Once there, after my ‘negotiation’ for next day’s temple tour, I found the pool clean and inviting!  The gardens lovely – cool and relaxing, tables and chairs, an open air café area by the bar, with travellers sitting and wandering around the area, and three young children in the pool.

The people in the bar area means there’s chance to meet others and again, I was excited to see that opportunity.  Great so far!!

 As I booked in at the bar, a young blond guy sat there caught my eye and nodded and of course I respond with nod and smile back. It begins – connection. 

Later when I’d settled in to my luxury room for just £10 a night (double bed, en suite bathroom small but clean, tiled floor and walls, wooden door and cabinets – so much for so little!  I changed for a swim and found a table to by the pool, somewhere to leave my sarong, bag and towel, and then stepped into the warm, blue water, for a cool dip!! Oh yes!! Perfect.  Relaxing.  Cool!

Stopping at the side the just chill, I caught his eye again and smiled, and we got chatting.  This is how easy it is to meet new people, and learn so much!  We talked about the swimming, his reading, and then when I got out, went to sit with him.

He turned out to be Patrick, a Dutchman (and again, such nice, friendly and conversational people who are interesting and interested!).   Our conversation developed, chit chat about travel plans then our various experiences, places visited and aimed for, and then more personal details like names and dreams, then deeper still into who you are and what makes you tick!  Clearly, with his book we had similar interests and outlooks.  He was reading The Art of Happiness which I then downloaded to also read, being a fan of the Dalai Lama and personal development!

I love the sharing, the honesty and openness of these new relationships, the trust and real interest we have in each other.  Patrick later showed me around the town ‘taking me out for dinner’ and showing me around – we ate street noodles on the edge of the park, by the road, along with a multitude of locals, tourists and travellers alike!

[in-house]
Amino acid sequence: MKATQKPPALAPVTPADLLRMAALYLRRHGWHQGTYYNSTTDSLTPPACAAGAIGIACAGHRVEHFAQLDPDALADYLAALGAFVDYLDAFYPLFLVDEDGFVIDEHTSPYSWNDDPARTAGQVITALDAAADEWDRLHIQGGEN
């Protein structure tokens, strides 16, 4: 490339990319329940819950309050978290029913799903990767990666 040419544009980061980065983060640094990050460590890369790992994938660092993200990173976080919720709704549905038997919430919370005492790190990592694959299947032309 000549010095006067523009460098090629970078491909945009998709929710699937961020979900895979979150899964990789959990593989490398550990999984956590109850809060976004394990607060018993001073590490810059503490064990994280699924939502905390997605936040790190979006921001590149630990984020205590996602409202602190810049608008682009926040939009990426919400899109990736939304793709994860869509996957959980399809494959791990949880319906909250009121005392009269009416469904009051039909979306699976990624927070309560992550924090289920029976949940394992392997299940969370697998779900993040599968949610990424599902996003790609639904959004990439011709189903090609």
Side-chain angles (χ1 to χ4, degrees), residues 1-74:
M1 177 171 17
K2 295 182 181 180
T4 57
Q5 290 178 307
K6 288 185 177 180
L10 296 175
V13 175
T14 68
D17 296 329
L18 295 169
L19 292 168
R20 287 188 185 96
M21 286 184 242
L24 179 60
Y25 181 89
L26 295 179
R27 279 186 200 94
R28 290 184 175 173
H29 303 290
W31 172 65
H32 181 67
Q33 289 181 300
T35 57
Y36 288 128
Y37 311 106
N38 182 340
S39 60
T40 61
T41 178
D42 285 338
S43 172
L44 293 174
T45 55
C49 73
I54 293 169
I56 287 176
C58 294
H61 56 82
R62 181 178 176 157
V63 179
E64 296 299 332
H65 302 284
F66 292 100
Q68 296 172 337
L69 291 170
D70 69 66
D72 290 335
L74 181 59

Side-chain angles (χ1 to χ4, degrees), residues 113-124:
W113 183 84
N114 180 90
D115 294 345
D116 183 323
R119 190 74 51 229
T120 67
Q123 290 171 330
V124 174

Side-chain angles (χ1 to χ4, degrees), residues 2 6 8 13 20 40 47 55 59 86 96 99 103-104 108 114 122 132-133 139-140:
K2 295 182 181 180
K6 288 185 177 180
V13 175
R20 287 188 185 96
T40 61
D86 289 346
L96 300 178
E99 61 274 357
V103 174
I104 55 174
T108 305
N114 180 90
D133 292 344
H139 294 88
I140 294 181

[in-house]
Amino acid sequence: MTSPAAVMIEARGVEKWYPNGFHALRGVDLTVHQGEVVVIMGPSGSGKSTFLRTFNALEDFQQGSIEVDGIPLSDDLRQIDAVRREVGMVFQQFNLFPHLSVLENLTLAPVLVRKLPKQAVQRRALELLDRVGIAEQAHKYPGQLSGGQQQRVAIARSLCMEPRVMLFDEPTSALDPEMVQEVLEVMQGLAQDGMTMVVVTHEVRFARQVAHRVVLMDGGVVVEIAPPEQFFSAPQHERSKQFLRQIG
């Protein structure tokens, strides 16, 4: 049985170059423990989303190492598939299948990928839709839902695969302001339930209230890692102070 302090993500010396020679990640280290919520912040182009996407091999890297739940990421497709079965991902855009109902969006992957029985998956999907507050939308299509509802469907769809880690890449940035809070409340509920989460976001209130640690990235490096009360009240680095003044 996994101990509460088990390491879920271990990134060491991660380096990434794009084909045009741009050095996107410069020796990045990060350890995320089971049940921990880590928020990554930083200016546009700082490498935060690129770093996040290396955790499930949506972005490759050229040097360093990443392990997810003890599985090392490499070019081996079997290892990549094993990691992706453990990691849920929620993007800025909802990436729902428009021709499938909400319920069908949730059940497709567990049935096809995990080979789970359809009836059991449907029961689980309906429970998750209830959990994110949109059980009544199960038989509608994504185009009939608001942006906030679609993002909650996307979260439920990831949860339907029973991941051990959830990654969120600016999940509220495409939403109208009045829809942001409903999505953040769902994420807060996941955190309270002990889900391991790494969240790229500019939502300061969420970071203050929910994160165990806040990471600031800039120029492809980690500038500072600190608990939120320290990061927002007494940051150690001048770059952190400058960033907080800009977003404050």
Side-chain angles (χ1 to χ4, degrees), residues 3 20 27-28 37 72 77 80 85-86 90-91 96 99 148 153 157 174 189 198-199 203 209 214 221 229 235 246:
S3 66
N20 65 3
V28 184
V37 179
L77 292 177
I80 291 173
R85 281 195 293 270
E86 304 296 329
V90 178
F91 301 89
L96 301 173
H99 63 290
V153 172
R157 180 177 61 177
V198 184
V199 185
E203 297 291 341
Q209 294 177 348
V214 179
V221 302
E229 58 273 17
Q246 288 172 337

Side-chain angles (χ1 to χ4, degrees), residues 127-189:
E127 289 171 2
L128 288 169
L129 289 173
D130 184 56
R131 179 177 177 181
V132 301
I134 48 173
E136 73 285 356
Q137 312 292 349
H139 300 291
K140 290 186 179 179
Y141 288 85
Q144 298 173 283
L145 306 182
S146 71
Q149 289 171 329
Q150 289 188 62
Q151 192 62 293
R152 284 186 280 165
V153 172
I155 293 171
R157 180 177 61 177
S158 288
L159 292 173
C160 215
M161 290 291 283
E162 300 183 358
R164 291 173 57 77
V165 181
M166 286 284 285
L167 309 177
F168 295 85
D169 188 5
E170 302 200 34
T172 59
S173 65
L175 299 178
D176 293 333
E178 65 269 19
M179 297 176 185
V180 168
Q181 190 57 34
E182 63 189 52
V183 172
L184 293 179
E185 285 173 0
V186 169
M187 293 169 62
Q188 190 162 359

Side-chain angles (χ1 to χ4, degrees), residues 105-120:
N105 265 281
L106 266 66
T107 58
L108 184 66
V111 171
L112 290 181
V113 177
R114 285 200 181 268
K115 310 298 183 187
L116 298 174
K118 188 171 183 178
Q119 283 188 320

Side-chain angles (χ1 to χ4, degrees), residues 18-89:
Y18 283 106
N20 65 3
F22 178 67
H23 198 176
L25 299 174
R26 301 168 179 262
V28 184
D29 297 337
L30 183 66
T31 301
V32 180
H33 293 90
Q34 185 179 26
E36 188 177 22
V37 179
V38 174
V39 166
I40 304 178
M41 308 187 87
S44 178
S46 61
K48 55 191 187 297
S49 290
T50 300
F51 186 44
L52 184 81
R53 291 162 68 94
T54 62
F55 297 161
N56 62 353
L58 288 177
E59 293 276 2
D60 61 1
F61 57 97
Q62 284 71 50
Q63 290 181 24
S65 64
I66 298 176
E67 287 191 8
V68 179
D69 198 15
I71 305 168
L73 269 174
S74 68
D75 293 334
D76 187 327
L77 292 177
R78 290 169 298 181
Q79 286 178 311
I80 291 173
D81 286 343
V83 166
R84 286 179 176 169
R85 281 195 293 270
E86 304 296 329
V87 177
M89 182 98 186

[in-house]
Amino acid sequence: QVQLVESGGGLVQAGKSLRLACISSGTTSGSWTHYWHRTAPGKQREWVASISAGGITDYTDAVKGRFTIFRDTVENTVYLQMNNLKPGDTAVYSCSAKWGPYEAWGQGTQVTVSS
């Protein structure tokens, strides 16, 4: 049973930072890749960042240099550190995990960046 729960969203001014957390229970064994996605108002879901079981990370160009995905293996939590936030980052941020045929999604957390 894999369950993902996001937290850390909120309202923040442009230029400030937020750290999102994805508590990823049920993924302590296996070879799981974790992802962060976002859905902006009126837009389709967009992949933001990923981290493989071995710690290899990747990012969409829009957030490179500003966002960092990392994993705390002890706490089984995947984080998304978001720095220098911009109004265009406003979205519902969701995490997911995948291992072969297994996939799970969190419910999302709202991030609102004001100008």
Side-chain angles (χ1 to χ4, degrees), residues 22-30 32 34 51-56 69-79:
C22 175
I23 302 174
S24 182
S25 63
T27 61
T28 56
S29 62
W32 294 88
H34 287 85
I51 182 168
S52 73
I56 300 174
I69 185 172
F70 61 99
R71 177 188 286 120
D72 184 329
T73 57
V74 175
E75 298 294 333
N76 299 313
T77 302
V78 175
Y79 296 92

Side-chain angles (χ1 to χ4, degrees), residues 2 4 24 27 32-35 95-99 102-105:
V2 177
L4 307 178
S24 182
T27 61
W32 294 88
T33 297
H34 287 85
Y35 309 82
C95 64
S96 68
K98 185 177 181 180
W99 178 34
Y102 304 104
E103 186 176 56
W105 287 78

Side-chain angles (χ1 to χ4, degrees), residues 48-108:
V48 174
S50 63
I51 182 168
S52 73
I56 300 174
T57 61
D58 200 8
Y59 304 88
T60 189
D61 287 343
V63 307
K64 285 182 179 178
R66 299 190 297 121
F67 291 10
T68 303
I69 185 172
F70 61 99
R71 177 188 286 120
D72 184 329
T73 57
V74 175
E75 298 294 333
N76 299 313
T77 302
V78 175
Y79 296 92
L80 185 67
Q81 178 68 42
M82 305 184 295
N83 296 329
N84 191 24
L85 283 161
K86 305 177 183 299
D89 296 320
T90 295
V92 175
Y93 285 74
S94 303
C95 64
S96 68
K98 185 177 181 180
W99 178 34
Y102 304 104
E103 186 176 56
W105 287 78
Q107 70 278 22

The noodles were cheap and delicious, we wandered around, down Pub Street (yes, really!) we laughed, watched, commented and talked, walked here and there, around the bustling evening market and restaurants – and of course pubs and bars, the stalls with food and sweets, cake and candy, toys and sarongs – anything and everything!  Under a dark night, bright lights, music and conversation, it was fun and lively, and I had great company too!

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We even tried snake together, after seeing the stalls with bugs to eat he showed me, and said he wanted a go!!  He would later venture into crickets and a huge cockroach with another fellow traveller later in the week, but snake was enough for me and something I had always wanted to try.   (I know you’ll ask so it tasted like burned bacon to be honest as it was a small snake and burned to a crisp, curled on a skewer – but at least I tried it!)

Patrick introduced me to Monica from France, who was here volunteering in a children’s charity, A Life, and she took both him on the Saturday to also help out, feeding the children and families in the water-borne villages at the edge of the city, and then me the Monday for a day in the town where children came from school to eat the food we had prepared, cooked and served them with.  Groups of familiar faces to the charity, one or two new ones, babies and parents who took home whatever was left.  One family, mum, daughter about 10 and baby about 9 months old, rode back kilometres on a push bike, both children on the back baggage rack!  

 

iem Reap was hot in the daytime, warm at night and always busy and bustling.  About a 30 minute walk from the hostel, I eventually found my way which Patrick tested me on as we walked back, because I’d said I always got lost and rarely able to get my bearings easily wherever I travelled!

Becki and Monica at Siem Reap 2015

It was the day after I saw Bex was in town too, who I’d met in Don Det, Laos weeks before, so we arranged to meet up and spent a few days at the temples, shopping and eating together too.  

So it becomes a group, gathering for conversation, drinks or dinner.   Over the few days and nights there, I met a few other people, shared talk, meals and journey plans, history and future dreams and many a chuckle with the likes of Brent, who at first I didn’t take to but later found he had such a dry sense of humour – and we remain in touch on Facebook, and even invites to share a place to stay in far flung places in future if required (Egypt in this instance!)  We shall see …